So I’m super unqualified to review this record because I a) don’t like sludge and b) have never listened to Crowbar before this moment. Sure, I’m sure I should have heard them, but I gotta be honest with you, I’ve been sort of busy. There are plenty of scenes that have developed since the 1990s and the slow, southern rock post-thrash stuff has never been my thing. Name bands from south of the Mason-Dixie line and I probably don’t like them unless they’re Kris Kristofferson. Always hated Down, didn’t think Corrosion of Conformity was terribly special (and this one’ll really burn your ass), I never liked Pantera or its postbellum incarnations. (Oh and I don’t like Black Label Society because they want to be a southern band even though Zakk Wylde is from fucking NEW JERSEY.) Given all of that, then, I was pretty fucking stoked that listening to this record wasn’t torture! In fact, it was really enjoyable. Let me regale you with the tale.
So, for those of you who don’t know, Crowbar is the prototypical sludge band and this shit is really enjoyable. It’s slow, melodic and really I think in listening to it, I think it’s basically post-thrash. It’s got what sounds like influences from the Bay Area greats in the harmonies and some of the riffing, it’s just slower. Or maybe more appropriately, it has a lot of similar influences that were synthesized in a different way. The vocals, too, are that sort of great blend of clean vocals and raspy thrash vocals. And it’s got a bit of a punk or hardcore vibe to it, as well, but I hear more thrash than hardcore, honestly. And it sounds good to me.
I tend to be a bit of a hater when it comes to doom and sludgeâ€”though, more doomy bands have grown on me in recent times, but the death knell for most sludge and doom bands is the inevitable boredom that strikes. Give me long enough and I will get bored with this stuff. However as I listened to Sever the Wicked Hand I didn’t get bored. Hardly at all! There was only one track where they “BRIIIING IIIIIIIT DOOOOOOOOOWN!!!!!” for like 8 minutes at the end of the song that I just wanted to hang a puppy (“The Cemetery Angels,” poor little puppies, they never stood a chance). But there was a surprising lack of breakdowns (the guitar player from Unearth once told me that their goal was to mix In Flames with Crowbar) and there was a hell of a lot of well-formed, gorgeous guitar melodies that really kicked my ass, including one of my favorite moments on the disc from the track “As I Become One” that has these beautiful harmonies over clean electric that just scream early 80s Metallica, and that are followed up with some super crunchy riffing afterwords.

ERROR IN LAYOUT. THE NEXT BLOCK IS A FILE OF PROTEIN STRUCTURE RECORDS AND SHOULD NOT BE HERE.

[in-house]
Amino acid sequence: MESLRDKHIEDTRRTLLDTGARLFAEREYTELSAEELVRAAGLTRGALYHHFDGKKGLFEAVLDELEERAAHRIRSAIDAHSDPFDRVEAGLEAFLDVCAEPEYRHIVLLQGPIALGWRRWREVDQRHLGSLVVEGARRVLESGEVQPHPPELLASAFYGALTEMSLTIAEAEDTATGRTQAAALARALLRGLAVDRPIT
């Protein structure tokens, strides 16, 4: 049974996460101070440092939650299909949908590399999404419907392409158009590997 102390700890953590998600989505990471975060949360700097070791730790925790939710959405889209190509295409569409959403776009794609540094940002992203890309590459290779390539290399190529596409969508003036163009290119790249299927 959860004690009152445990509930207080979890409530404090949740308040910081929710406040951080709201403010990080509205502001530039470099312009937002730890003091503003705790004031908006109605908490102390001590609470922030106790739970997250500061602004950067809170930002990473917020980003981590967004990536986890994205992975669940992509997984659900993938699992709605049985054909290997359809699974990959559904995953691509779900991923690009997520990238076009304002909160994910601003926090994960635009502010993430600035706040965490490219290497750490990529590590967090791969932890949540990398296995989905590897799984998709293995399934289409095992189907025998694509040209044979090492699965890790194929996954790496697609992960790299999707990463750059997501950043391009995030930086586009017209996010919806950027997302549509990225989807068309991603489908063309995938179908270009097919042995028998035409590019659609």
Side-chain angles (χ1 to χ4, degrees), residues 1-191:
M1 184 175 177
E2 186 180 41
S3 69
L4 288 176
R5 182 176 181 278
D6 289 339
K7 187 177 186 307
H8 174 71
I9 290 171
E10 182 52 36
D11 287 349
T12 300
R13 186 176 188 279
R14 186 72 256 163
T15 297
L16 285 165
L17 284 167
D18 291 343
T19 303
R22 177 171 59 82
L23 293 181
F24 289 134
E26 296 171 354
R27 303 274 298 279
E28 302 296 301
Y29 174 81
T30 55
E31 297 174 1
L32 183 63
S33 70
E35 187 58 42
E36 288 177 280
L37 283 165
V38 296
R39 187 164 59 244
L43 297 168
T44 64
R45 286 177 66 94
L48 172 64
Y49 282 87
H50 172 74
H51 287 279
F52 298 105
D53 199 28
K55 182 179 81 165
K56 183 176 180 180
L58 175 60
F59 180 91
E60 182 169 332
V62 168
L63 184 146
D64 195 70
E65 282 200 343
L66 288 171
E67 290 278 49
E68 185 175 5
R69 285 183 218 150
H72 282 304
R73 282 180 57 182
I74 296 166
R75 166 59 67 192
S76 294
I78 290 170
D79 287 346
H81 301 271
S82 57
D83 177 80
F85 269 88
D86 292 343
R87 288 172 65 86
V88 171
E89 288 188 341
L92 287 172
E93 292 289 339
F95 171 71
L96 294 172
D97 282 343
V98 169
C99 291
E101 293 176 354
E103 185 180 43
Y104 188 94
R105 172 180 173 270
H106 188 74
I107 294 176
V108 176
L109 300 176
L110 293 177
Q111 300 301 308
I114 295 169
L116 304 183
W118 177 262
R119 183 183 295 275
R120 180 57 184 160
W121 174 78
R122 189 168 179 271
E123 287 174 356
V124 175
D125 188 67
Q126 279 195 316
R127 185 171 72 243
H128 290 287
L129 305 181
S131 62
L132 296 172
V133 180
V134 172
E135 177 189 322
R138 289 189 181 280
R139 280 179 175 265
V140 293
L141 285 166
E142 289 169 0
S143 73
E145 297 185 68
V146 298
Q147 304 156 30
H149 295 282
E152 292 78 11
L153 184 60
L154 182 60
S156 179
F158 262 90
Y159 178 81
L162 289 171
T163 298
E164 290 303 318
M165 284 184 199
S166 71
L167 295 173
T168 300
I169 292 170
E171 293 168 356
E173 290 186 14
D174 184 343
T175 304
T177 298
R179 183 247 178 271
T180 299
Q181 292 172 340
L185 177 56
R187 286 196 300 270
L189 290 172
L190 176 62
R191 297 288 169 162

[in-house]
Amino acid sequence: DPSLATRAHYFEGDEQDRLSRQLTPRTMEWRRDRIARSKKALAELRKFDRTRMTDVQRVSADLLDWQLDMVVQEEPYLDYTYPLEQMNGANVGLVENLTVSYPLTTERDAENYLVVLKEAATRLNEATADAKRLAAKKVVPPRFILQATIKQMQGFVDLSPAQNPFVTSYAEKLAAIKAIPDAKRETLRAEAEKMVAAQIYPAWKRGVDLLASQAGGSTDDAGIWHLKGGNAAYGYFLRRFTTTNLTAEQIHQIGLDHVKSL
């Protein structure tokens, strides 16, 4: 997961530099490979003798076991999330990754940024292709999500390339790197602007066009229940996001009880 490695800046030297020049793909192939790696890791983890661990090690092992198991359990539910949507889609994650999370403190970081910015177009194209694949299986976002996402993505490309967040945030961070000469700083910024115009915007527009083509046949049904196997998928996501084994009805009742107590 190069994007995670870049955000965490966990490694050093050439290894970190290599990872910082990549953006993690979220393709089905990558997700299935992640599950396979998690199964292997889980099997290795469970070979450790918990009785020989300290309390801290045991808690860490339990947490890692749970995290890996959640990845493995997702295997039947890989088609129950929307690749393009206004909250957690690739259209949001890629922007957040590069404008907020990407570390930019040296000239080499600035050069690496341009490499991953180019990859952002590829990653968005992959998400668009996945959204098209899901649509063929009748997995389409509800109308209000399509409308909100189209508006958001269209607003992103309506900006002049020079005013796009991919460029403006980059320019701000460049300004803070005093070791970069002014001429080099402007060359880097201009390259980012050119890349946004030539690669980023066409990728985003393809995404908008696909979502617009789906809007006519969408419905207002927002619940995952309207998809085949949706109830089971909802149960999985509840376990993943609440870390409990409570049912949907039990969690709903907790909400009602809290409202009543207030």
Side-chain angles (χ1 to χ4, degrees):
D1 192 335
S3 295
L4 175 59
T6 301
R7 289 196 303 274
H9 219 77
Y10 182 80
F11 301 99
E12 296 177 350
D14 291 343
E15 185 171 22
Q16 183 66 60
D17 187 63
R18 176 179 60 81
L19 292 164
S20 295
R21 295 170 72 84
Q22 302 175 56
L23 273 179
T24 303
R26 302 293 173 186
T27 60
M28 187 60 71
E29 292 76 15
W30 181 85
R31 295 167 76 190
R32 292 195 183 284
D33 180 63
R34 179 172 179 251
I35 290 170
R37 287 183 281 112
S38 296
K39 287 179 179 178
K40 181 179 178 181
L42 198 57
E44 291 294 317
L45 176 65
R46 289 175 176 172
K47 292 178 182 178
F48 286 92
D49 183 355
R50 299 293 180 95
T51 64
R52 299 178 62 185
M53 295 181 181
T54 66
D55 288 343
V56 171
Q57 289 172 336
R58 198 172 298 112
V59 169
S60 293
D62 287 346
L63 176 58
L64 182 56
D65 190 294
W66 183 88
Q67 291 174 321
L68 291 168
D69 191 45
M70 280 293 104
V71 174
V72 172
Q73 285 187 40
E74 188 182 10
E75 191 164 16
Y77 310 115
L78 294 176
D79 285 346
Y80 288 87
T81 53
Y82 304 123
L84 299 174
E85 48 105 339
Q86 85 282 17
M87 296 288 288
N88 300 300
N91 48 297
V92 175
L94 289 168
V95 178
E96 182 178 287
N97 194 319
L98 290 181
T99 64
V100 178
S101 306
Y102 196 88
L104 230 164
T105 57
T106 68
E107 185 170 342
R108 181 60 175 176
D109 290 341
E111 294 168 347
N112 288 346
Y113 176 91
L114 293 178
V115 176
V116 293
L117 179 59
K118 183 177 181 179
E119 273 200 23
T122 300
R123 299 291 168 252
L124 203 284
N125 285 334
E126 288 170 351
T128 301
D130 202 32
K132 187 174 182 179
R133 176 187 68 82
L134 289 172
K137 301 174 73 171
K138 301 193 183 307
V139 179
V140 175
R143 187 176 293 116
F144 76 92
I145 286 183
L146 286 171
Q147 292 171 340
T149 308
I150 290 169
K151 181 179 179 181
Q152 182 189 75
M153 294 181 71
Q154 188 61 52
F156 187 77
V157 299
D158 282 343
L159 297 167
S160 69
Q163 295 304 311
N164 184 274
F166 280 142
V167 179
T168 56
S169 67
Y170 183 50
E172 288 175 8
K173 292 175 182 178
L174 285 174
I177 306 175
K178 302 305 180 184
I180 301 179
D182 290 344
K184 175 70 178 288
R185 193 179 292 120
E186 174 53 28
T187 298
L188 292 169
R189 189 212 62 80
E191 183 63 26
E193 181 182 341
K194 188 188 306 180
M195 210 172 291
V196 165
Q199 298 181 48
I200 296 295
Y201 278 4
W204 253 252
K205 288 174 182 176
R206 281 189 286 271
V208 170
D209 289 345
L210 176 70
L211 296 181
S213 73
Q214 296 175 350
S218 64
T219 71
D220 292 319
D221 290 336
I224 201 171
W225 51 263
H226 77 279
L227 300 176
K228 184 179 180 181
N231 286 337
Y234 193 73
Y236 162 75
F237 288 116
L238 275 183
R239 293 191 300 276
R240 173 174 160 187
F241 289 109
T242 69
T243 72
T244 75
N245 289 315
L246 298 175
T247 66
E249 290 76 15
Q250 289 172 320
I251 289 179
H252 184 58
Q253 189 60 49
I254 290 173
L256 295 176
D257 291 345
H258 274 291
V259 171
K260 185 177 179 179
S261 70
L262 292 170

This disc does have its downsides. Some of the tracks are clearly better than others, and it seems like Kirk Windstein, the vocalist and guitarist and only remaining original member, has gotten a little soft, including writing a song about his kid (“Echoes in Eternity”), which in and of itself isn’t bad, and while I’m sure every word is true, it strikes me as a jaded, bitter, hateful, terrible person who hangs puppies (see above) as a little bit cheesy. And then there are the tracks that don’t even really deserve a mention because they’re just kinda filler.
But most of the CD isn’t filler and actually it’s really enjoyable. “Cleanse Me, Heal Me,” “Sever the Wicked Hand,” “I Only Deal in Truth” and “Protectors of the Shrine” all stand out for me as truly enjoyable, interesting tracks that really break against my biases against doomy bands from the south. And from what I hear this is also some of Crowbar‘s heaviest material in a long time. So given that this record is pretty good, I’m definitely going to and investigate their discography because Angry Metal Guy’s Law of Diminishing Recordingsâ„¢ states that their earlier stuff should be superior to this. I’ll leave it to the longtime listeners to tell you whether or not that’s true. If they are better than this, I can definitely see why they got a reputationâ€”’cause this record is pretty damn good.